The World Economic Forum’s Davos Manifesto 2020 challenges companies and financial institutions to promote sustainable finance. “A company is more than an economic unit generating wealth,” the WEF manifesto says. “It fulfills human and societal aspirations as part of the broader social system. Performance must be measured not only on the return to shareholders, but also on how it achieves its environmental, social and good governance objectives.”

Measuring the Impact of Sustainable Finance

There are a number of options when it comes to assessing whether an investment or financing venture qualifies as legitimately sustainable. For example, companies and investors can use a framework called total societal impact (TSI) to check both shareholder returns and the resulting impact on society and the planet. TSI allows groups to evaluate the relationship between ESG factors and their financial success.

According to Boston Consulting Group, ESG metrics are “statistically significant” in the prediction of valuation multiples in a group of analyzed industries. On top of that, investors rewarded high performers in ESG factors – more than median performers.

Similarly, the Sustainability Accounting Standards Board aims to provide “comparable, consistent, and reliable data on financially material sustainability factors” for specific industries. Such data includes empirical metrics useful to investors, advisors and financial institutions.

The Takeaway

"There is no Planet B" sign
"There is no Planet B" sign

Many experienced individuals are familiar with what it means to be a financially responsible investor. They have to learn the terminology, keep up with changes and allocate their assets according to their risk. That protects the individual. On the other hand, sustainable finance encourages investors to take on a greater sense of responsibility: for their society and environment. They aim to invest based on ethics without losing out on returns.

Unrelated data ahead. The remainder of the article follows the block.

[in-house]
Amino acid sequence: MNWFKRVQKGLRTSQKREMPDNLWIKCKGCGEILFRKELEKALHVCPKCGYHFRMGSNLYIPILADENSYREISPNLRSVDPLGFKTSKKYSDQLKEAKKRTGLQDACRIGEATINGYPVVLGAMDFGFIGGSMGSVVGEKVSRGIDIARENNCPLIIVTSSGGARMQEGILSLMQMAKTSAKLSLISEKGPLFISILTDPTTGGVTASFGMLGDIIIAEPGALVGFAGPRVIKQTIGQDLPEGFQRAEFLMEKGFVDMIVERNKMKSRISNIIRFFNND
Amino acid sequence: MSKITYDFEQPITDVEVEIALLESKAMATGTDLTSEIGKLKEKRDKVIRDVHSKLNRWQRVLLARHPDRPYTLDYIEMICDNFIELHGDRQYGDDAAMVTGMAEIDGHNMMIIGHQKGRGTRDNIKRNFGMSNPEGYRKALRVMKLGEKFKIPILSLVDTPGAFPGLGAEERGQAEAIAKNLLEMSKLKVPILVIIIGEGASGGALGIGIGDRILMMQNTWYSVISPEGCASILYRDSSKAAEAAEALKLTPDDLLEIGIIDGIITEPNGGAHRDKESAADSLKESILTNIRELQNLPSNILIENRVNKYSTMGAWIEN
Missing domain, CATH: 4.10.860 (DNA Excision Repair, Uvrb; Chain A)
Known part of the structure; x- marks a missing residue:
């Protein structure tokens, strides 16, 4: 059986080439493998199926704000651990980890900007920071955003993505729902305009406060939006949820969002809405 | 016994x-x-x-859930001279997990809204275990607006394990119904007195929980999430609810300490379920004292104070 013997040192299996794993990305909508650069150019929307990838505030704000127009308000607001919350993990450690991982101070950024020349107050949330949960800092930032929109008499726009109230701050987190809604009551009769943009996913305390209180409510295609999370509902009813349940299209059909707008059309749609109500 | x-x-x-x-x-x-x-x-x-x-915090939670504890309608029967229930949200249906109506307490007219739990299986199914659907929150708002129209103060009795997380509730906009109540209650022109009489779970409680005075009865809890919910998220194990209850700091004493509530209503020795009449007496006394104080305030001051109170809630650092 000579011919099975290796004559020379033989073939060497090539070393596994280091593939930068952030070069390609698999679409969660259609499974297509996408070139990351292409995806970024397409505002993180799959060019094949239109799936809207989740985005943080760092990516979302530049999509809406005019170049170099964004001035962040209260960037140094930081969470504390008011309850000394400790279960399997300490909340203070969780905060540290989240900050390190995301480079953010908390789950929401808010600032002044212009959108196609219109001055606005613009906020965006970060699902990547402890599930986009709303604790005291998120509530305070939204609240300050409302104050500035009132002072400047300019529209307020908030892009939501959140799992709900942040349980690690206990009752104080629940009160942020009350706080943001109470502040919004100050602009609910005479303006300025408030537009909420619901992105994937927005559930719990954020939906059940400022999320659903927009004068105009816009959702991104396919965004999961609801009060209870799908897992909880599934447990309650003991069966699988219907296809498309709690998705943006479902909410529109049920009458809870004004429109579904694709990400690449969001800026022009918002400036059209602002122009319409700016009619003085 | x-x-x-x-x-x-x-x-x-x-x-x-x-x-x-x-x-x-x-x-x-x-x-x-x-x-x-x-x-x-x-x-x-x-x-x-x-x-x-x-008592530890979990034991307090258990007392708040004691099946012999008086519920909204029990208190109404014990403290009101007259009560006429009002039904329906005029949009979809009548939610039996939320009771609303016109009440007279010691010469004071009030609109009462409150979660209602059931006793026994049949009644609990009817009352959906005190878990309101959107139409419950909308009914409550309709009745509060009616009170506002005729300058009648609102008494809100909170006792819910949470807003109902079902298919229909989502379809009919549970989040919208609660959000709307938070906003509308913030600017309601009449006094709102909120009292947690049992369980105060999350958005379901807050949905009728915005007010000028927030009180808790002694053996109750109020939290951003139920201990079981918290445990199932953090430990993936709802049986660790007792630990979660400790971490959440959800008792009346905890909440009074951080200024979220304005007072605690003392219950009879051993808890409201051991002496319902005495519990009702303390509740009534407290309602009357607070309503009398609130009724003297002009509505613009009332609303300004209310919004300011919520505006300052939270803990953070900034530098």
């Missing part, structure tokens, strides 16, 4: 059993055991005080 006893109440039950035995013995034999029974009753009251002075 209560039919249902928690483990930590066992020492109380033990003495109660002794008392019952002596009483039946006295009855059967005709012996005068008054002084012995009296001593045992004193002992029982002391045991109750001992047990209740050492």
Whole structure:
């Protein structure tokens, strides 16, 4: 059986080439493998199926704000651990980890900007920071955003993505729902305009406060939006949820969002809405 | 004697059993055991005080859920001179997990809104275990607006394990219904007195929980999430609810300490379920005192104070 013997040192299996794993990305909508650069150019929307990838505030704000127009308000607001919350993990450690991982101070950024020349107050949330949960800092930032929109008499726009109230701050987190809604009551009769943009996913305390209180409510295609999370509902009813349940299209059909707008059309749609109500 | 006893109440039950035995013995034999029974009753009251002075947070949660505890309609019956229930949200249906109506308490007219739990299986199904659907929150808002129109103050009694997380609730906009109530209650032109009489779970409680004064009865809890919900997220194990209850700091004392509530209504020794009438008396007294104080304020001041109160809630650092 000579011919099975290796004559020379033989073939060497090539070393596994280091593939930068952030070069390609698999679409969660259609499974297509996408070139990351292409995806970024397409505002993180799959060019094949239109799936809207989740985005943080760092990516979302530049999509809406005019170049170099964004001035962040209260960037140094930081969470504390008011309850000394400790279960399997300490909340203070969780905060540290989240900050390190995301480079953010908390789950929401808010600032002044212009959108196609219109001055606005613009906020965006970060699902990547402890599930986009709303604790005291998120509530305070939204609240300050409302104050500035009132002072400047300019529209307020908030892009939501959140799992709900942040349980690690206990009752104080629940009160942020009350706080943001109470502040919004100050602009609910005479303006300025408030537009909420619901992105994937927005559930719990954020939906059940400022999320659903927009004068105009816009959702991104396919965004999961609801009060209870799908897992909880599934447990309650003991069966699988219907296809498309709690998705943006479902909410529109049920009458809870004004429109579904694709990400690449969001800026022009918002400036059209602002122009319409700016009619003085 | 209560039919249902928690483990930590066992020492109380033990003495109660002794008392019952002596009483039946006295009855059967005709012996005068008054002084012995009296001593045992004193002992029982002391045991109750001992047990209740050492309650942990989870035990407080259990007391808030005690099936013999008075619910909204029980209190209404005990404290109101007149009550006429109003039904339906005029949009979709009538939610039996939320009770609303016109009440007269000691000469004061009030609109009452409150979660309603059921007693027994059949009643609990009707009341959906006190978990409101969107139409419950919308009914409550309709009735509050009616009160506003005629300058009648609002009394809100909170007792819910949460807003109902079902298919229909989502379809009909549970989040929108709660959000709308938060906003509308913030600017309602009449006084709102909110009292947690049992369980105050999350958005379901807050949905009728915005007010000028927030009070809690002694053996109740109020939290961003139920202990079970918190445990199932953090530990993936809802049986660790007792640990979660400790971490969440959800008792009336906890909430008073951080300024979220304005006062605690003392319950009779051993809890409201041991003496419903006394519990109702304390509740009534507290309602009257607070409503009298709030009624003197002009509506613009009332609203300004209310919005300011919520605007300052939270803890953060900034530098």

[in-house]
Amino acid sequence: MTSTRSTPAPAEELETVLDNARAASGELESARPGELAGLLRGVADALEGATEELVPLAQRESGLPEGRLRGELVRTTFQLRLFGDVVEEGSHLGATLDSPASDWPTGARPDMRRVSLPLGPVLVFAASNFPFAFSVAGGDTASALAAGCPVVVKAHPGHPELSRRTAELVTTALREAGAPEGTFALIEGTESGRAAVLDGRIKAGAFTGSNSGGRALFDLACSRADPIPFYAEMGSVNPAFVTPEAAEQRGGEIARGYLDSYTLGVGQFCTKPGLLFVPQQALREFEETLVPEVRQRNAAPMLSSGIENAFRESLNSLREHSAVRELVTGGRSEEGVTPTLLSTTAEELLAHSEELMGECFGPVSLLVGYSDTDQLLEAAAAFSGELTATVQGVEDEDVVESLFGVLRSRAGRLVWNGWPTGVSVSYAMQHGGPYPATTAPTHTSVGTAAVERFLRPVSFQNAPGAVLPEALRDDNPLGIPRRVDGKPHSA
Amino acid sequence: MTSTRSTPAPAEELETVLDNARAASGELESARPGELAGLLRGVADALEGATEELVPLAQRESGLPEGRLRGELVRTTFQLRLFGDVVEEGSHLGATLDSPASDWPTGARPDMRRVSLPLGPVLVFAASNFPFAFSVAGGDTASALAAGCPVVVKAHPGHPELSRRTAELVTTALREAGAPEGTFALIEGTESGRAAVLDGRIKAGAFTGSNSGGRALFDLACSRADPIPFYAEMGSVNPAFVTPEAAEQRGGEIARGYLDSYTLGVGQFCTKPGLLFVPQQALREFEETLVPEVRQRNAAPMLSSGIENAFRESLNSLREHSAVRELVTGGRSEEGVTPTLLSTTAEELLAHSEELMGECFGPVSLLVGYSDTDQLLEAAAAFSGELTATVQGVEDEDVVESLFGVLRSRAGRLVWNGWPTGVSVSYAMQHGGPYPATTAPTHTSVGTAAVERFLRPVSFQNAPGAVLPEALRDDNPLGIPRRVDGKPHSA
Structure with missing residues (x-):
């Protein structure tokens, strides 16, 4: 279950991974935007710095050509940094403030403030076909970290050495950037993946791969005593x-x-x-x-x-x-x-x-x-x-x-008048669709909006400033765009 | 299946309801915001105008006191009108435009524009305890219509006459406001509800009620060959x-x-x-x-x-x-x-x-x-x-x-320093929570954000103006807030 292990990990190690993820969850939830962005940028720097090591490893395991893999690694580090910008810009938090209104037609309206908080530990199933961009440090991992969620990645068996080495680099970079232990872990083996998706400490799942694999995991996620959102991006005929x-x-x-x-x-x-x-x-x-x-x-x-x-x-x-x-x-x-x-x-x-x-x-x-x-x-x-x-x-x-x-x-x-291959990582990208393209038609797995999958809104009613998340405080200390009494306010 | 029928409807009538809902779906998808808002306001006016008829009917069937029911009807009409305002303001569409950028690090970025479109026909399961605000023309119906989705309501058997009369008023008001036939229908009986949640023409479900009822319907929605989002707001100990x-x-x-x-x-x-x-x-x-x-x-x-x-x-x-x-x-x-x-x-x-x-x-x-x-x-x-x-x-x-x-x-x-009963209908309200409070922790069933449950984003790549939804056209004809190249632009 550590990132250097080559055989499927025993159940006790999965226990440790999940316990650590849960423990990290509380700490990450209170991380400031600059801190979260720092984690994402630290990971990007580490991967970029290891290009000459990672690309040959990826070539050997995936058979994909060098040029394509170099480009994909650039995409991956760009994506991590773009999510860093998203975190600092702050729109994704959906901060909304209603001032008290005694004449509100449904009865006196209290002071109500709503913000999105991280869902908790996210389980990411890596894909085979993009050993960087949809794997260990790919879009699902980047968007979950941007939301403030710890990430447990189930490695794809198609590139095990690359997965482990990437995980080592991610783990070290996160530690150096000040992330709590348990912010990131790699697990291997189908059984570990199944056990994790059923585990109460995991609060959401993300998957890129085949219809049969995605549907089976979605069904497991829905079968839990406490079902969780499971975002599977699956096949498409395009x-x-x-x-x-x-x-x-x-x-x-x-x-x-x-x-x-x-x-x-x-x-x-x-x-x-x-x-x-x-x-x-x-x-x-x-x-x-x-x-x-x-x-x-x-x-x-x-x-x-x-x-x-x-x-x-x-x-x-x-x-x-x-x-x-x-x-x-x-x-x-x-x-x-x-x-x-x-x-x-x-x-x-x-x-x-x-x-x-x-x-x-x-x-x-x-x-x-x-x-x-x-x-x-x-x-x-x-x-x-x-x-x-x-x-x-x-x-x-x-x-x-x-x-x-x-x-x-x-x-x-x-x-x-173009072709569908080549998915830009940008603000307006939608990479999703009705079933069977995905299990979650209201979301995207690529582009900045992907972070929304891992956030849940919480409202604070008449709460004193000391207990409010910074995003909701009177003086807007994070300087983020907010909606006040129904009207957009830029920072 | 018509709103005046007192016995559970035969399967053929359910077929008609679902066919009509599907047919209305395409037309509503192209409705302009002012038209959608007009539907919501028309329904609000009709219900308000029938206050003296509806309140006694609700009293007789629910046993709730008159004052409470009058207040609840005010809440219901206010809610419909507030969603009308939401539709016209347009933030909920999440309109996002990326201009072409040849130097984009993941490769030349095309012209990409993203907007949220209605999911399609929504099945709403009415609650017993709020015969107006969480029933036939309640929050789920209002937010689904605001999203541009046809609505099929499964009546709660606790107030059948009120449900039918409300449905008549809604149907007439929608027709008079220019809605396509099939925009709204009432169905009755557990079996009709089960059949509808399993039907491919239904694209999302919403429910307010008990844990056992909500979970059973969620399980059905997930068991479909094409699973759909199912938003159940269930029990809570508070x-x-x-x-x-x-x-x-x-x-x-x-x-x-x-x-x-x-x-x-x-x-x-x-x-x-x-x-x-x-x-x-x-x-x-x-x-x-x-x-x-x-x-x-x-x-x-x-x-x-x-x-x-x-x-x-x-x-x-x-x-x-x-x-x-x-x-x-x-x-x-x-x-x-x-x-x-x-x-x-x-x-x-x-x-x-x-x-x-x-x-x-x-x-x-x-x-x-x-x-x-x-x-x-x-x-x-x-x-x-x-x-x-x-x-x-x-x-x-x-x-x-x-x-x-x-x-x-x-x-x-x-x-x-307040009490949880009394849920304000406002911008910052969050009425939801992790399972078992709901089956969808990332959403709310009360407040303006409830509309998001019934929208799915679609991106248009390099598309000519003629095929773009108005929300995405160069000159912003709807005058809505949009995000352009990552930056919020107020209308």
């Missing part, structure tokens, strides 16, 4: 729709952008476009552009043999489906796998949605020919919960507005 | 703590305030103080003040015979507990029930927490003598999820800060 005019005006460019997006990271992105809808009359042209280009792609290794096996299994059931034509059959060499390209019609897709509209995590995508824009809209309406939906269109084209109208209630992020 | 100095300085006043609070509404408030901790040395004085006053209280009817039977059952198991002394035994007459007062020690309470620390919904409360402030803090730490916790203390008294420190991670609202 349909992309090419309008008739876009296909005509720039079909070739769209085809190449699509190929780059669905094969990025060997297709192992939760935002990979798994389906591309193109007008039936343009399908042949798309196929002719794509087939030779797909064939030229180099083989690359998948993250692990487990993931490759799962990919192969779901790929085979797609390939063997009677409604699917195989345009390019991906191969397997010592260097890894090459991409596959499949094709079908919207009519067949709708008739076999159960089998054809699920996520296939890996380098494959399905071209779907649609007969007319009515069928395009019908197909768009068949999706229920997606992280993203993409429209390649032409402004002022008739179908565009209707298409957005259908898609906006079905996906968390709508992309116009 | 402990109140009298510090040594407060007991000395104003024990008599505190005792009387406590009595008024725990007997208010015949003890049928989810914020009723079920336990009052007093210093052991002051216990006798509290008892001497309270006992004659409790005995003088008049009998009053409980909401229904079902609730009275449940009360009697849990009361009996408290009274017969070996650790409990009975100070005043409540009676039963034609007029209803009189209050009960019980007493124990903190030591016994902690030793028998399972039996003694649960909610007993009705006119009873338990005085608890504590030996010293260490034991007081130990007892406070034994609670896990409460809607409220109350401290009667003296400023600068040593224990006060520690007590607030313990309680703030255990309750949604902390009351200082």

Tips for Investing

  • Getting into investing isn’t easy. Investing beginners have a whole new language to learn and options to navigate. Even though it’s sometimes overwhelming, you don’t have to do it alone. A financial advisor can help you learn the ropes to help you make financial decisions. SmartAsset offers a matching tool to find a local advisor for you. Simply answer a few questions and in no time you’ll have up to three financial professionals in your area ready to help. If you’re ready, get started now.

  • More and more investors want to take the world into consideration when they make financial decisions. However, it’s also important to protect your own interests. Maintaining a diverse portfolio is one of the best ways to protect yourself and your investments. Allocating money into various stocks, bonds and other assets can stop you from losing everything. If one investment goes south, the success of the rest will keep you safe. If you want to find the right balance, consider speaking to a financial advisor or checking out an asset allocation calculator.